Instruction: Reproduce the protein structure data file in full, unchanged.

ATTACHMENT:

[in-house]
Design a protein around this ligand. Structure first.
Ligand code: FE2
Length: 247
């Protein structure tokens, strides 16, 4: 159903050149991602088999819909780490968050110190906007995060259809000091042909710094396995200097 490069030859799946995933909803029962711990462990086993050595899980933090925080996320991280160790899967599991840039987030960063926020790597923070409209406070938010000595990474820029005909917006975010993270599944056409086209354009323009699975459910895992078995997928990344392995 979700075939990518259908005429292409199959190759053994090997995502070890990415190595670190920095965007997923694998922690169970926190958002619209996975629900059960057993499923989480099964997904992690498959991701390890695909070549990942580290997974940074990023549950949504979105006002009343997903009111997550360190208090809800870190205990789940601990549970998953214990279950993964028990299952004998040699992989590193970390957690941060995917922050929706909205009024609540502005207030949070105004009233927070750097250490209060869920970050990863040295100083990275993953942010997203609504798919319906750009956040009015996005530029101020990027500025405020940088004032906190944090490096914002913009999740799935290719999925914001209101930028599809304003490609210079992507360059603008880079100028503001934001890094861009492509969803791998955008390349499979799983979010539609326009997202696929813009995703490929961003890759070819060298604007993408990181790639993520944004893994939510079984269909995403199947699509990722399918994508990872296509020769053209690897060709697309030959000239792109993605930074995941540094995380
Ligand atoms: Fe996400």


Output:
[in-house]
Design a protein around this ligand. Structure first.
Ligand code: FE2
Length: 247
């Protein structure tokens, strides 16, 4: 159903050149991602088999819909780490968050110190906007995060259809000091042909710094396995200097 490069030859799946995933909803029962711990462990086993050595899980933090925080996320991280160790899967599991840039987030960063926020790597923070409209406070938010000595990474820029005909917006975010993270599944056409086209354009323009699975459910895992078995997928990344392995 979700075939990518259908005429292409199959190759053994090997995502070890990415190595670190920095965007997923694998922690169970926190958002619209996975629900059960057993499923989480099964997904992690498959991701390890695909070549990942580290997974940074990023549950949504979105006002009343997903009111997550360190208090809800870190205990789940601990549970998953214990279950993964028990299952004998040699992989590193970390957690941060995917922050929706909205009024609540502005207030949070105004009233927070750097250490209060869920970050990863040295100083990275993953942010997203609504798919319906750009956040009015996005530029101020990027500025405020940088004032906190944090490096914002913009999740799935290719999925914001209101930028599809304003490609210079992507360059603008880079100028503001934001890094861009492509969803791998955008390349499979799983979010539609326009997202696929813009995703490929961003890759070819060298604007993408990181790639993520944004893994939510079984269909995403199947699509990722399918994508990872296509020769053209690897060709697309030959000239792109993605930074995941540094995380
Ligand atoms: Fe996400």